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Barking/lunging randomly at strangers when out?

Hi, now i wonder if anyone has come across this and may offer some insight? Basically Reuben will sometimes bark at complete strangers and this morning he lunged towards a lady as we were waiting to cross the pedestrian crossing and she nearly jumped out of her skin! He use to sometimes bark at young men when off lead, so i use to keep an eye on him and get his attention to prevent this from happening. But now it seems to be when we are stationery and he just randomly picks on individuals. His superlorin is wearing off now and i wonder if it is hormonal etc?


Any ideas, and what do i do when he does it?

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oh and just to add to this, he does it at random dogs on leads - not all the time but sometimes




not being up to speed on your Reuben, how old is he? Also, how socialised is he? Phil is 4 (near enough) and used to race around and go up to people, sometimes jumping up if they were friendly and knew him. He'd bark at other dogs on leads trying to get them to play.

A lot of this was puppy behaviour and he stopped doing it about a year ago. We broke his chain of thinking so he focussed on us: If he is near other people we don't know when walking I'll make him either sit until we have more room around us, or make the lead shorter so he walks closely at heel. Whenever we stop near people he is told to leave them - this means no playing, no sniffing etc and has evolved into stand - he'll lean against us and ignore the people or dogs! Key thing seems to be to be getting him to do something before he thinks of anything else! If he looks like he is going to do something he shouldn't we use stop - we'll stop walking, he'll stop doing and the walk will stop for him until he is calm.


He does keep close to my wife if she is out with him on her own so perhaps your dog's behaviour is a bit defensive -minded.


all the best



Well Sue, i did ponder a bit on whether a fear related thing. It is strange because it isnt like a surprise element but more like when next to a few people at the same time especially when at the pedestrian crossing in the morning on a school run and people standing close to us. so maybe it is an overcrowding thing ie, people to close his personal space. so possibly a defense response like Bryan suggested. He is on the lead at this point and in a sitting position as we await for the 'green man' to cross the road. In fact the last two times it has happened, this has been the case. he is usually quite hyped up as well as it is when his walk starts.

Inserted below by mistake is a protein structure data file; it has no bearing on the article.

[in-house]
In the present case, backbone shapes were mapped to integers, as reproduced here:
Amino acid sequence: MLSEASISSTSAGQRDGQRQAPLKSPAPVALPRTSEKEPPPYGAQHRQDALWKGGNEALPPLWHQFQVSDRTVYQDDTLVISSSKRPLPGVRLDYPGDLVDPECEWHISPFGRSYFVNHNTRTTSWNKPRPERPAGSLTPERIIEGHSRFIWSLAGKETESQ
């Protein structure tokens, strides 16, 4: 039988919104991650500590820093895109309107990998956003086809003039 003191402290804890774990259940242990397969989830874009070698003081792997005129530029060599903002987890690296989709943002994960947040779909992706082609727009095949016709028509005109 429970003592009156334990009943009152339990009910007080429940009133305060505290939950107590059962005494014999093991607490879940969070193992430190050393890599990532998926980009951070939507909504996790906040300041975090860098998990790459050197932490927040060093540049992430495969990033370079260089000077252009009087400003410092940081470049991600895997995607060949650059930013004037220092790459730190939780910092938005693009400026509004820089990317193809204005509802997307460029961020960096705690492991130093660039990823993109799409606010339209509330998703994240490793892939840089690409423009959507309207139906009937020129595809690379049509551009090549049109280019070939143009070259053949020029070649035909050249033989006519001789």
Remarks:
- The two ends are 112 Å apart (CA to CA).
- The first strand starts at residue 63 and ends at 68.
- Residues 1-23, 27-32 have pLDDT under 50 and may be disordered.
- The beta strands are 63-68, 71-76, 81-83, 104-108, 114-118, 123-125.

He did use to run up to random men and circle them and bark (when off lead) but to stop this happening I would call him close to me and pre-empt the situation and this seems to help and hopefully started breaking the habit. I think this morning shocked me as he actually lunged and did mouth the woman's coat and fortunately with my apology she wasnt cross (probably didnt notice the mouthing, but i did) and was just startled. He does lunge sometimes towards some other dogs on the lead (esp when crossing roads) and is quite vocal. So maybe it is a 'you are in my space' type of reaction?

I will monitor it more and tonight i did some 'watch me' training with him so I can strenghten his focus on me when I need it, as admittedly I think that has slipped (through my own lazyness).


Bryan, Reuben is 2yrs 4 months old, and has been very socialised and like most setters loves people and other dogs but has grown up a bit from that early young puppyness - thankfully, lol. and what you do sounds really good and something I do too but poss let slip lately. And those who know Reuben know he is quite a cheeky bolshy boy too! But yes it could be defense as you say as also it has been the last few months that he barks quite protectively at strangers at the door of people that I invite into the house that he doesnt know.


They really are a learning process arent they these dogs of ours!

Yep, seems there's always something new with our setters!